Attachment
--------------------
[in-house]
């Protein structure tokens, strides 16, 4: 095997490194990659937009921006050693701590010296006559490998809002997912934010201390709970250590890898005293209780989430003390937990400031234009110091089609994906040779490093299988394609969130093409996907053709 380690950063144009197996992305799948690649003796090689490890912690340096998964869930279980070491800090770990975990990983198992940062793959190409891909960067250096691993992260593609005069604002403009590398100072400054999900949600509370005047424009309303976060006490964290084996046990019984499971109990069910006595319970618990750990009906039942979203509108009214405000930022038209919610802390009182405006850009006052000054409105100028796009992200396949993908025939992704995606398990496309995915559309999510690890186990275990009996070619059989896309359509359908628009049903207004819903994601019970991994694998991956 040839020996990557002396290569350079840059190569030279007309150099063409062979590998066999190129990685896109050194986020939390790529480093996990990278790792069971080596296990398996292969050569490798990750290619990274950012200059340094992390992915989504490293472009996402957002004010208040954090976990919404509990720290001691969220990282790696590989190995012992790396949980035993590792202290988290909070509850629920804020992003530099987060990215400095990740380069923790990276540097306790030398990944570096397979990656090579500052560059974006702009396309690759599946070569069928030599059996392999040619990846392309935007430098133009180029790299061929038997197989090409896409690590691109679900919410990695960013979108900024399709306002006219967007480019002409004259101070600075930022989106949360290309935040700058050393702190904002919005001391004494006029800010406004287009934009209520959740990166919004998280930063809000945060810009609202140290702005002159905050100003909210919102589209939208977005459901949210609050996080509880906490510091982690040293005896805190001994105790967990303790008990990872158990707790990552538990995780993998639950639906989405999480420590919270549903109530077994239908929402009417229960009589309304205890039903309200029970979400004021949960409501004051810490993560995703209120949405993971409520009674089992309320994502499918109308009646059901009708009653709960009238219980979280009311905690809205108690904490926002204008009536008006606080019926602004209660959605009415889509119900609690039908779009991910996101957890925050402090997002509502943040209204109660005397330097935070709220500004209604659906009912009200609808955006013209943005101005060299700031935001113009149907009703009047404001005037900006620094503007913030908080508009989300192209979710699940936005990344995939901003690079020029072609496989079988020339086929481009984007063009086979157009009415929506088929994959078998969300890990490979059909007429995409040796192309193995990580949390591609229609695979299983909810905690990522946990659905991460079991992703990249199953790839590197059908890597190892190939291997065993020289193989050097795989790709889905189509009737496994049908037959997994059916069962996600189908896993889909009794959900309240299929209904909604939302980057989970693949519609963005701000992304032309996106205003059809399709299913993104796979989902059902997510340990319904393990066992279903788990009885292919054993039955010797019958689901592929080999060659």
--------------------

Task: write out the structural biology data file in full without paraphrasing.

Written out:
[in-house]
């Protein structure tokens, strides 16, 4: 095997490194990659937009921006050693701590010296006559490998809002997912934010201390709970250590890898005293209780989430003390937990400031234009110091089609994906040779490093299988394609969130093409996907053709 380690950063144009197996992305799948690649003796090689490890912690340096998964869930279980070491800090770990975990990983198992940062793959190409891909960067250096691993992260593609005069604002403009590398100072400054999900949600509370005047424009309303976060006490964290084996046990019984499971109990069910006595319970618990750990009906039942979203509108009214405000930022038209919610802390009182405006850009006052000054409105100028796009992200396949993908025939992704995606398990496309995915559309999510690890186990275990009996070619059989896309359509359908628009049903207004819903994601019970991994694998991956 040839020996990557002396290569350079840059190569030279007309150099063409062979590998066999190129990685896109050194986020939390790529480093996990990278790792069971080596296990398996292969050569490798990750290619990274950012200059340094992390992915989504490293472009996402957002004010208040954090976990919404509990720290001691969220990282790696590989190995012992790396949980035993590792202290988290909070509850629920804020992003530099987060990215400095990740380069923790990276540097306790030398990944570096397979990656090579500052560059974006702009396309690759599946070569069928030599059996392999040619990846392309935007430098133009180029790299061929038997197989090409896409690590691109679900919410990695960013979108900024399709306002006219967007480019002409004259101070600075930022989106949360290309935040700058050393702190904002919005001391004494006029800010406004287009934009209520959740990166919004998280930063809000945060810009609202140290702005002159905050100003909210919102589209939208977005459901949210609050996080509880906490510091982690040293005896805190001994105790967990303790008990990872158990707790990552538990995780993998639950639906989405999480420590919270549903109530077994239908929402009417229960009589309304205890039903309200029970979400004021949960409501004051810490993560995703209120949405993971409520009674089992309320994502499918109308009646059901009708009653709960009238219980979280009311905690809205108690904490926002204008009536008006606080019926602004209660959605009415889509119900609690039908779009991910996101957890925050402090997002509502943040209204109660005397330097935070709220500004209604659906009912009200609808955006013209943005101005060299700031935001113009149907009703009047404001005037900006620094503007913030908080508009989300192209979710699940936005990344995939901003690079020029072609496989079988020339086929481009984007063009086979157009009415929506088929994959078998969300890990490979059909007429995409040796192309193995990580949390591609229609695979299983909810905690990522946990659905991460079991992703990249199953790839590197059908890597190892190939291997065993020289193989050097795989790709889905189509009737496994049908037959997994059916069962996600189908896993889909009794959900309240299929209904909604939302980057989970693949519609963005701000992304032309996106205003059809399709299913993104796979989902059902997510340990319904393990066992279903788990009885292919054993039955010797019958689901592929080999060659």